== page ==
May 13, 2017

My sister informs me that I need to let friends know “the end of the story” of my collarbone.

“Oh no,” I protest.  “Surely everyone is sick of reading about that broken bone.”

My sister’s voice takes on a patient tone.  “People want to be reassured.  Are you truly all the way healed?  What’s happening with you?”

So, I’ve decided to do a bit of housekeeping, letting friends know what’s up in my life, and answering “behind the scenes” type questions about hiking the AT.

1.  Clavicle – I broke it six weeks ago.  Spent two weeks camping near the Dismal Swamp of North Carolina during the most fragile part of healing.  Then spent two weeks hiking in a sling, going slowly, grateful for Jay’s help.  Two weeks more of hiking without the sling, slowly regaining the use of my arm and shoulder.  Today I gave the sling to Goodwill.  Hurray!  Just a normal hiker now!

I’ll be swinging from vines soon!

2.  Food – We resupply every four days, whenever we come near a store.  We don’t carry a stove, and we eat the same food three times per day, every hiking day.  This simplifies our life tremendously!  Other hikers do not eat like this.  Many carry stoves, and most seek variety.  However, being bored with our food has so far been impossible when hiking eight to ten hours per day.  Hunger is the best sauce!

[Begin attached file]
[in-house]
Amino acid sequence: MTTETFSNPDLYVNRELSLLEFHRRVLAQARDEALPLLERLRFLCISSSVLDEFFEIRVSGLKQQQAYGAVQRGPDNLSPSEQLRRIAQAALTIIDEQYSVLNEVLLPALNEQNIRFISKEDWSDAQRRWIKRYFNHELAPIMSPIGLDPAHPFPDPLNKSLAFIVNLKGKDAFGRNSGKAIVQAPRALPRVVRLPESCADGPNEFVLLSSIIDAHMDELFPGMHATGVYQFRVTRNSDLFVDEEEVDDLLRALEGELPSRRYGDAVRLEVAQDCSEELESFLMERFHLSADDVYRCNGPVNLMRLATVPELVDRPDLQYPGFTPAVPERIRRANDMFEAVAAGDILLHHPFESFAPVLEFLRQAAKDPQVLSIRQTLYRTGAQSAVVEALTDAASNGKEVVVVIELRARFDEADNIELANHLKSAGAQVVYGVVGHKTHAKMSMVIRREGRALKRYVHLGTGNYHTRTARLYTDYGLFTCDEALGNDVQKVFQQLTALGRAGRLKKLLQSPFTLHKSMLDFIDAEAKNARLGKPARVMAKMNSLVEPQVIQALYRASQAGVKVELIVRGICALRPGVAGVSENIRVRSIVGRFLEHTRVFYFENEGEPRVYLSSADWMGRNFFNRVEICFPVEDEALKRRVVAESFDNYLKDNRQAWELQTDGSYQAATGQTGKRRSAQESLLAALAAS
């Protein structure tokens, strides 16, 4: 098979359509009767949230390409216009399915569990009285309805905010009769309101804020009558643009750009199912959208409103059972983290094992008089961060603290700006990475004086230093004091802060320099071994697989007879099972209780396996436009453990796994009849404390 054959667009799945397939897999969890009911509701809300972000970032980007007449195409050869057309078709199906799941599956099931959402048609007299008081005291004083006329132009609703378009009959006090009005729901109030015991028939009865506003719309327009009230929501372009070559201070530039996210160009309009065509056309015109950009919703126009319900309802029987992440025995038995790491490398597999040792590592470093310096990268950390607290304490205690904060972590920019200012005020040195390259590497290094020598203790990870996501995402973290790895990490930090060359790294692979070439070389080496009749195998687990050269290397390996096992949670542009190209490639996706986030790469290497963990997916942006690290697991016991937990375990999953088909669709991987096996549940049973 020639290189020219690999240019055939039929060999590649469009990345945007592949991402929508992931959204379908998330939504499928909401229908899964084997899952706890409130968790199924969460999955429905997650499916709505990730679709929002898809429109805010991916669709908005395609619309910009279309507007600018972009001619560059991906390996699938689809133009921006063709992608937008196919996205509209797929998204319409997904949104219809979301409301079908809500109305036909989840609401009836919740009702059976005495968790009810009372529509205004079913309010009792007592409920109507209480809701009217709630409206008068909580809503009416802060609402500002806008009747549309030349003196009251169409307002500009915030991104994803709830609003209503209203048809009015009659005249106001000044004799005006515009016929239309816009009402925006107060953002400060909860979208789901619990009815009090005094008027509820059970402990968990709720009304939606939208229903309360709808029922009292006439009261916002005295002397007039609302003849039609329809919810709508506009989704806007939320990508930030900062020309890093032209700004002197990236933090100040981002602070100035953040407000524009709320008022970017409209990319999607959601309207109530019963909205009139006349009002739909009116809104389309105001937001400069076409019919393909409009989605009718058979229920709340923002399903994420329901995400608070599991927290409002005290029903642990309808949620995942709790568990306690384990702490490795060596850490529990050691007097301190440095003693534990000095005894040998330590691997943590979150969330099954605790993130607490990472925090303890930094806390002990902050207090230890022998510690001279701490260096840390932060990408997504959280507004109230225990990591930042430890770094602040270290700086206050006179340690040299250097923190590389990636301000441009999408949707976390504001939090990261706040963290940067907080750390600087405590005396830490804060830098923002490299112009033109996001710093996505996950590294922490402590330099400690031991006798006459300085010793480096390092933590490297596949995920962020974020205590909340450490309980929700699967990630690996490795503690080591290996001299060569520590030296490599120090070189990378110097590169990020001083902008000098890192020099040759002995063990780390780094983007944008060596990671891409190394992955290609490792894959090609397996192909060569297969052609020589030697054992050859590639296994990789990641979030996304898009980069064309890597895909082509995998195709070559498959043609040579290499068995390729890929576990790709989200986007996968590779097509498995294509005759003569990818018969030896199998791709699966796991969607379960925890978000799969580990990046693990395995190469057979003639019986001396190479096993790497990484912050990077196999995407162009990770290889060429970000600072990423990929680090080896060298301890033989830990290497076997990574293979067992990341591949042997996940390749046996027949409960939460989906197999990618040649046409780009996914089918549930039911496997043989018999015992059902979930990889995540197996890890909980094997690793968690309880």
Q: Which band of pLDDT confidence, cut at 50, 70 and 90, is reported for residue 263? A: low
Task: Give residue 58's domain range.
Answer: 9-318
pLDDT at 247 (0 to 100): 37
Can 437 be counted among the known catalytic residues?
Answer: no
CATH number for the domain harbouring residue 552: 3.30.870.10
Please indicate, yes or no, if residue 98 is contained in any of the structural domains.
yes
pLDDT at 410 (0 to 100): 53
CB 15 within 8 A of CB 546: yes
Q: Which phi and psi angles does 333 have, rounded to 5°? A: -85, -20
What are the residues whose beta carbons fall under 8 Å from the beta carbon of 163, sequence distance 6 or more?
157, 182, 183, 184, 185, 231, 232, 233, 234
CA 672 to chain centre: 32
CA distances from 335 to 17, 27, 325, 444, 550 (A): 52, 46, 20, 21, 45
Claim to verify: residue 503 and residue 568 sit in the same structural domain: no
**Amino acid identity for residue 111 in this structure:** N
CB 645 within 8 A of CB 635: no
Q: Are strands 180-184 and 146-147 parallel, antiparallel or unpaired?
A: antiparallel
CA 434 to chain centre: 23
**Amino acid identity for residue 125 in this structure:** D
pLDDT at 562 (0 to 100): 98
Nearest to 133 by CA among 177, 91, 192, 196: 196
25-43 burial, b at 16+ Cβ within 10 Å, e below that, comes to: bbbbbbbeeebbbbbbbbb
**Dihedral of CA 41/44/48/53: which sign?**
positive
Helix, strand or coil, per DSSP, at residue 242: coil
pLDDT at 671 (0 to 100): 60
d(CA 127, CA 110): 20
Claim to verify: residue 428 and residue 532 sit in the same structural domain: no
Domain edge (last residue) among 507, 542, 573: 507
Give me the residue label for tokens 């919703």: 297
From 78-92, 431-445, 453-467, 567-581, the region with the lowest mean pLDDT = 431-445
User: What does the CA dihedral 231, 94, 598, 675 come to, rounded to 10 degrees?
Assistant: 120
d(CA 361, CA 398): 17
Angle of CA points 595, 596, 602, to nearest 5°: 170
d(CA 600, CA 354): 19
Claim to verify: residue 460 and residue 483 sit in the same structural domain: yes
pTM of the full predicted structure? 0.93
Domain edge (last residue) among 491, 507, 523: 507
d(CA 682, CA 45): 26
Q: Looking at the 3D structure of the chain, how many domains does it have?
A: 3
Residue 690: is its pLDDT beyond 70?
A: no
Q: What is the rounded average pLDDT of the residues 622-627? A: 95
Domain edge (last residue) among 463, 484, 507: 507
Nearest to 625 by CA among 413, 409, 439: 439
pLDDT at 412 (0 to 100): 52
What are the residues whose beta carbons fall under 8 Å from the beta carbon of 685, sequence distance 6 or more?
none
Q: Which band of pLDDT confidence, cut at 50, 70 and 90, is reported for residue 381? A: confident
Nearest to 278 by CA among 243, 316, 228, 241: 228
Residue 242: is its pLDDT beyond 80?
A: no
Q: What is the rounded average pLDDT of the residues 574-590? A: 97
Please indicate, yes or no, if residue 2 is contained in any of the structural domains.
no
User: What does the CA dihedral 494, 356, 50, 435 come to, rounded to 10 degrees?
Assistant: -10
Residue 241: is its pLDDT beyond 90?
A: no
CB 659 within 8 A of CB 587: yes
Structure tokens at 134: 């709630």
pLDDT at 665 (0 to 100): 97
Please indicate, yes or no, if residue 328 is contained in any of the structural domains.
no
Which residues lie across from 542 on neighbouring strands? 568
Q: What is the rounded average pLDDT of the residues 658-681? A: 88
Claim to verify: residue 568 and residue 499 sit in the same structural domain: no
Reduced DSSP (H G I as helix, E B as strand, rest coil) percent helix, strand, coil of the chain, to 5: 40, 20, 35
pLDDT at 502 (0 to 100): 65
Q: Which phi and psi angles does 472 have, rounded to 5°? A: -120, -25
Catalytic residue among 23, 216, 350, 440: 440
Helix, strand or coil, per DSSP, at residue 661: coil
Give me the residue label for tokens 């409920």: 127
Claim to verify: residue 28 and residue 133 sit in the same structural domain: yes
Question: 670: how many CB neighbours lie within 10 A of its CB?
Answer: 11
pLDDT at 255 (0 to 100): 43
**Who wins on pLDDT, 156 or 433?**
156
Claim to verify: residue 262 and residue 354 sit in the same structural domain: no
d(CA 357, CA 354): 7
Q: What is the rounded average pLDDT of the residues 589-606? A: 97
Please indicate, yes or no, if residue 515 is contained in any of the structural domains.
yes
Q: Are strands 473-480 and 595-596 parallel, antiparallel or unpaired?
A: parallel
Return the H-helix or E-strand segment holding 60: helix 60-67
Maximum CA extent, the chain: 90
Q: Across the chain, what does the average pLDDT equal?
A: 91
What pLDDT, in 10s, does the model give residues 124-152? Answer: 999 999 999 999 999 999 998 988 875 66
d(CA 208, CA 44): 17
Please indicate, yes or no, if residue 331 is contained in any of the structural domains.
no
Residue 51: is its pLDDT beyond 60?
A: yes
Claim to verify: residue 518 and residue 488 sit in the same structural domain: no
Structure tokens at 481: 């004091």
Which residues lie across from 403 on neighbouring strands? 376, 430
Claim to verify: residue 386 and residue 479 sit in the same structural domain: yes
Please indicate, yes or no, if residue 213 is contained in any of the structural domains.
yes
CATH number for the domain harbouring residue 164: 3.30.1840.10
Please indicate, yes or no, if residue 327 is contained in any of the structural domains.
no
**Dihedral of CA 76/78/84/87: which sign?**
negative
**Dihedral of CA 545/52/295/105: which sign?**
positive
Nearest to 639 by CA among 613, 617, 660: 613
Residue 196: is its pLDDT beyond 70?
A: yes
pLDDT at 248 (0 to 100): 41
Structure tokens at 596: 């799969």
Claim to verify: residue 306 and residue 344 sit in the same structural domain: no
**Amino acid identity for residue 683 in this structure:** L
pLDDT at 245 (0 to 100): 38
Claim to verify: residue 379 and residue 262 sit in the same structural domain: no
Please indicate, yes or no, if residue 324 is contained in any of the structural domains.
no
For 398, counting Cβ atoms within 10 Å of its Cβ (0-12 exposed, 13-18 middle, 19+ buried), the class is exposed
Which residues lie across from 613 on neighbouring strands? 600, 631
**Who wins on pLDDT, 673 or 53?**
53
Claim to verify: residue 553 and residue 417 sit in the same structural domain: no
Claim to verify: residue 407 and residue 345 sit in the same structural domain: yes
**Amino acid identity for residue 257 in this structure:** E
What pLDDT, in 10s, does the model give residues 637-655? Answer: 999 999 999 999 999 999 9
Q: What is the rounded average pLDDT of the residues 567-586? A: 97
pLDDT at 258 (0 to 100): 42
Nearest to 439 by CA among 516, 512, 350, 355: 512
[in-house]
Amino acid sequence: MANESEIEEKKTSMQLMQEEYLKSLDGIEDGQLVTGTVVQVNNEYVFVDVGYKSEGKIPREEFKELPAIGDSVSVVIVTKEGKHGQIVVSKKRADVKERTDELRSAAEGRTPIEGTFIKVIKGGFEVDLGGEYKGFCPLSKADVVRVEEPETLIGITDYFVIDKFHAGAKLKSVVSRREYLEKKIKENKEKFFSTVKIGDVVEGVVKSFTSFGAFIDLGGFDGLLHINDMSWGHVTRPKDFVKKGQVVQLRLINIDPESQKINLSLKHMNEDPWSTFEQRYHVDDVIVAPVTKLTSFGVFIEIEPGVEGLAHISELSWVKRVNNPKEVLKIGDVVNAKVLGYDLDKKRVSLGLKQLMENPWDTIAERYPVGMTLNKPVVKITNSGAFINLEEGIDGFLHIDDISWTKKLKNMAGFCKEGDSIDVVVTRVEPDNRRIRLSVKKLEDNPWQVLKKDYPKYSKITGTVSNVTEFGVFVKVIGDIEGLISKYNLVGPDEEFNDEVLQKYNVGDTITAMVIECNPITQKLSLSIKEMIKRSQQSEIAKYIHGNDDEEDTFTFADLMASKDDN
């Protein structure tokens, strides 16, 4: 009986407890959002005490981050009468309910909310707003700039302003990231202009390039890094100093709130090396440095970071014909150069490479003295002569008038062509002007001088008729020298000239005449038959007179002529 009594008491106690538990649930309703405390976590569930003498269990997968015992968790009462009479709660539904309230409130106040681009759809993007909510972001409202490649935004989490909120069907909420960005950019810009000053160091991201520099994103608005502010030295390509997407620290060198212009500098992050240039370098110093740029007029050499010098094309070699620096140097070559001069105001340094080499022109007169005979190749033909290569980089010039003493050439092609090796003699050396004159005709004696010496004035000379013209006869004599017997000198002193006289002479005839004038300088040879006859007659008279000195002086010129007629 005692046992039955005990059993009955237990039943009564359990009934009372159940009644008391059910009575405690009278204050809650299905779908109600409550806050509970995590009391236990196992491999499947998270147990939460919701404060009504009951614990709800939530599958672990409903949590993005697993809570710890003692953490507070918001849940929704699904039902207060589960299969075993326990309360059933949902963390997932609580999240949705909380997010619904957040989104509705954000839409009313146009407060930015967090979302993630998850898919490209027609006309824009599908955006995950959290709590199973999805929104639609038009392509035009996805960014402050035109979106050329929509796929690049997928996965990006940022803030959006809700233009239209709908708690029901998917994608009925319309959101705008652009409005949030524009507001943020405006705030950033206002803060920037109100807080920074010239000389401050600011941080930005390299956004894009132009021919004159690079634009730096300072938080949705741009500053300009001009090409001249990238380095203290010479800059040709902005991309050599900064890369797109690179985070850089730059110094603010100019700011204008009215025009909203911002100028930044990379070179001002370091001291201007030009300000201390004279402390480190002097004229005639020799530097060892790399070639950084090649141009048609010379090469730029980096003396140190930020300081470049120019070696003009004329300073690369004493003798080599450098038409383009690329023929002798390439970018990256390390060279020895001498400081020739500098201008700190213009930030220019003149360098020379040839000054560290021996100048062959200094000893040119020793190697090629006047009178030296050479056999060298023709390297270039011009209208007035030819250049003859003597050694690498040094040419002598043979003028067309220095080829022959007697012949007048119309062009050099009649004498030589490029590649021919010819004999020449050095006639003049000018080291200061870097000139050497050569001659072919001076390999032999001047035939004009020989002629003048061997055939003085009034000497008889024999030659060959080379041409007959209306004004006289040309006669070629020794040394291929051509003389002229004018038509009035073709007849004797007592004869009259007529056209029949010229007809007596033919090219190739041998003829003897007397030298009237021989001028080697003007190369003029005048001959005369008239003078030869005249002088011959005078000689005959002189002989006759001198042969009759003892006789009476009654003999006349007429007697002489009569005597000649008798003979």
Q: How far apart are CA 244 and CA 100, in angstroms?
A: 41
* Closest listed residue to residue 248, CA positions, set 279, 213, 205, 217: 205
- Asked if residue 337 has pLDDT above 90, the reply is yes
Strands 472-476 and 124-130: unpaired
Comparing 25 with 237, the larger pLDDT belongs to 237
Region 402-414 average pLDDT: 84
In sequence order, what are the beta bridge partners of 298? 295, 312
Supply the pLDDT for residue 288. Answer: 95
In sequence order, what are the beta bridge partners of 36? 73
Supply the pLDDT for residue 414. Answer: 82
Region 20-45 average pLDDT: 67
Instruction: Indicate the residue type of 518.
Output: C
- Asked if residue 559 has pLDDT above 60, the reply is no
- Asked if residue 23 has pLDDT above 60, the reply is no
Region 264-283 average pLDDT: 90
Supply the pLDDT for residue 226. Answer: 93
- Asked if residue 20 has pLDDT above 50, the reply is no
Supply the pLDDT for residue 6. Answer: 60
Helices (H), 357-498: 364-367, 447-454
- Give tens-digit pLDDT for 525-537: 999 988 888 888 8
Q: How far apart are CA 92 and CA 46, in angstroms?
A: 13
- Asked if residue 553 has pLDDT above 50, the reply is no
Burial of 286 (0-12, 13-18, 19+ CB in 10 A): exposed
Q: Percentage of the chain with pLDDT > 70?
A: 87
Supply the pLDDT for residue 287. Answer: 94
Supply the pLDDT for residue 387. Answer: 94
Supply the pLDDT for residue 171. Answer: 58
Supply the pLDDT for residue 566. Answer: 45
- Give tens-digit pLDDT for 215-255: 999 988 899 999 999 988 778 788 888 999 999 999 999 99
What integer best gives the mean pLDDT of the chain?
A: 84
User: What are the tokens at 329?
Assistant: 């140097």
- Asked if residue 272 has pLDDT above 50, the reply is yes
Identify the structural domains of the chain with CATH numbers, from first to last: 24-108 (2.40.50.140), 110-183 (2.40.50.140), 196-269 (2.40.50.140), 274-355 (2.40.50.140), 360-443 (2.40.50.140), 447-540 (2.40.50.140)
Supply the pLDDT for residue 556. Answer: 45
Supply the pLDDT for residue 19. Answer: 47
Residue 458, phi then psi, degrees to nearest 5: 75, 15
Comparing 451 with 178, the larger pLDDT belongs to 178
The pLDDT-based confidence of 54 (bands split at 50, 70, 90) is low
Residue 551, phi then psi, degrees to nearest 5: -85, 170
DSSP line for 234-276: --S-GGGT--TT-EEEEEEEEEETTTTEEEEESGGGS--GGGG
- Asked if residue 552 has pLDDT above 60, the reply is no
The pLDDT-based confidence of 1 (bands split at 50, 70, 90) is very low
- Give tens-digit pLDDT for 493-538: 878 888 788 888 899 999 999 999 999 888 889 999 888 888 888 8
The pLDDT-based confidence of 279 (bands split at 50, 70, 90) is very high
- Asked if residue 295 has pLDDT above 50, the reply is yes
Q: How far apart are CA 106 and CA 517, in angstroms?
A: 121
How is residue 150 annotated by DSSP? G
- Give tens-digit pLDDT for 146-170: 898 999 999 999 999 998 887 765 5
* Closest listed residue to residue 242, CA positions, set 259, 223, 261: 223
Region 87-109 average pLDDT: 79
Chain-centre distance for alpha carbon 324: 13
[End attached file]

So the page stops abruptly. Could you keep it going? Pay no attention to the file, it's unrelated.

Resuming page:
What do we eat?  We eat a mostly paleo diet on the trail.  Sardines packed in olive oil, extra sharp cheddar cheese, dark chocolate, cashews or pumpkin seeds, and raisins.  We also sometimes carry one unusual item for a leg of the trip.  One week it was toasted coconut from my parents.  Once it was a bag of figs and dates from a hiker box.  A small bottle of home-made molasses from our friends, Alan and Mary, lasted five days.  Yum!

Sardines, raisins, cheese, dark chocolate, pumpkin seeds, and one spoon! The ultimate hiking diet and utensil!  (This is enough food for one person for three days.)

3.  Sleep – The Appalachian Trail has shelters about every eight miles.  These three-sided structures are used by many hikers.  We prefer the comfort of our tent, which is bug-free, rain proof, and private.  Every 100 miles, we stop in a town and stay at a hotel or a hiker hostel, doing laundry, getting a shower, and sleeping in a real bed.  Ahhh!

Home sweet home!

4.  Shoes – We hike in zero drop trail shoes, light weight and with no built up heel.  Our old shoes have now hiked nearly 700 miles of the AT, and more than 400  miles in Nevada.  They are done for!  Hurray for new shoes!

These shoes are done with walking!